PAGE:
It definitely wasn’t love at first or second site but Bogota began to sweet talk me into her arms. I was able to spend more time experiencing the city’s attractions and I began to have an affinity for the city. A small affinity. Perhaps I stayed in a better part of town or maybe it was because I connected better with the community.
The conclusion was drawn that I was too quick to judge and needed to explore the capitol more.
I was there on a Sunday and was able to experience the city’s endless amount of museums and also interact with more of the locals. Bogota has a weekly event called the Ciclovia where many of the streets are shut down for cyclists.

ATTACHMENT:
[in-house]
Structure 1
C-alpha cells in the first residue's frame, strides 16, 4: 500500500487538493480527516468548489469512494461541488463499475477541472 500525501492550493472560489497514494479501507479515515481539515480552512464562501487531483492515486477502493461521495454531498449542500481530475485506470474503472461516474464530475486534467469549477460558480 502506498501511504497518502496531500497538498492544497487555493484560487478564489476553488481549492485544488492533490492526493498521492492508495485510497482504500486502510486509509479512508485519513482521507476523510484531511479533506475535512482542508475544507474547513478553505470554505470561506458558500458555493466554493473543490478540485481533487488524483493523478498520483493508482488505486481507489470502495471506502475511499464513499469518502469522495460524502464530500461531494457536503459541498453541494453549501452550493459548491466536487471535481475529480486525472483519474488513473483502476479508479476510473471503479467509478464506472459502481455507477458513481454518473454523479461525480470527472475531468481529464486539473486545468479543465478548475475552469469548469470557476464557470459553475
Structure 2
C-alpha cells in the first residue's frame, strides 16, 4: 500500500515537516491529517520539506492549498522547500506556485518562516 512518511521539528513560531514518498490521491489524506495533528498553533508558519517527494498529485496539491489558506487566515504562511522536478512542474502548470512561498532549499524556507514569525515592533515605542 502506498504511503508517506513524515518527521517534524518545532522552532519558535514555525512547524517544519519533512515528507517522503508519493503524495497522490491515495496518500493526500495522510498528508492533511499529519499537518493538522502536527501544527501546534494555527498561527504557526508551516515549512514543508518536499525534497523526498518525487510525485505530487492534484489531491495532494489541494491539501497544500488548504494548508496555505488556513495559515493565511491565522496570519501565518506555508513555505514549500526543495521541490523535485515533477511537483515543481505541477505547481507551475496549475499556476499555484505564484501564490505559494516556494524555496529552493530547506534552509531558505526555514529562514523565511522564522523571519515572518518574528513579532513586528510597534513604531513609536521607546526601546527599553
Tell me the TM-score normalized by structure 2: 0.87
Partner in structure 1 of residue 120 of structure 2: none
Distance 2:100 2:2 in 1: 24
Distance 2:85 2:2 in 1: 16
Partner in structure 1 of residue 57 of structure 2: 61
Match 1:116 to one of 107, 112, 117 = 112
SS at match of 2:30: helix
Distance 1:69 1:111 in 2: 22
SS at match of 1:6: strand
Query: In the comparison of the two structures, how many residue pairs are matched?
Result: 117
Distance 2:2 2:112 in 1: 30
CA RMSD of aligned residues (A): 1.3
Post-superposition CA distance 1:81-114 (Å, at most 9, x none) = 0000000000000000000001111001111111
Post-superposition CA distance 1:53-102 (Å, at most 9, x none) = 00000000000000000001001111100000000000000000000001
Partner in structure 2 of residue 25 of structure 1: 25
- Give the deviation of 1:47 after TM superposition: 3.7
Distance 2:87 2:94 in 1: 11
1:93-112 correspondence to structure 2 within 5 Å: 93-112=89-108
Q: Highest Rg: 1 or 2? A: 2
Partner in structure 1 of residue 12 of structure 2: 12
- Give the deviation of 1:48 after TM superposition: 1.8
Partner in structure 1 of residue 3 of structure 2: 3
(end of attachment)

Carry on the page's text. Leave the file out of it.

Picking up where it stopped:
It’s a great way to really experience the city.
Whit it was still chaoticit came to light that there are great things to do in the city and it does have a certain beauty to it. And no that is not physical beauty.
I have just returned from a third visit to Bogotá and I still have mixed feelings.
The assessment of the city may be unjust but I believe I have finally figured it out. As I am always transparent and candid about places I visit, Bogotá, for lack of a better description is run down and neglected.
The city is filthy, everything is normally half done or incomplete, there are potholes everywhere, and traffic is as bad as any other capital of the world. The people of Bogotá aren’t as friendly as other places I have experienced in Latin America either.
High in the mountains the cool rainy weather is subpar to what people normally prefer, sun and palm trees. I however love the weather in Bogota.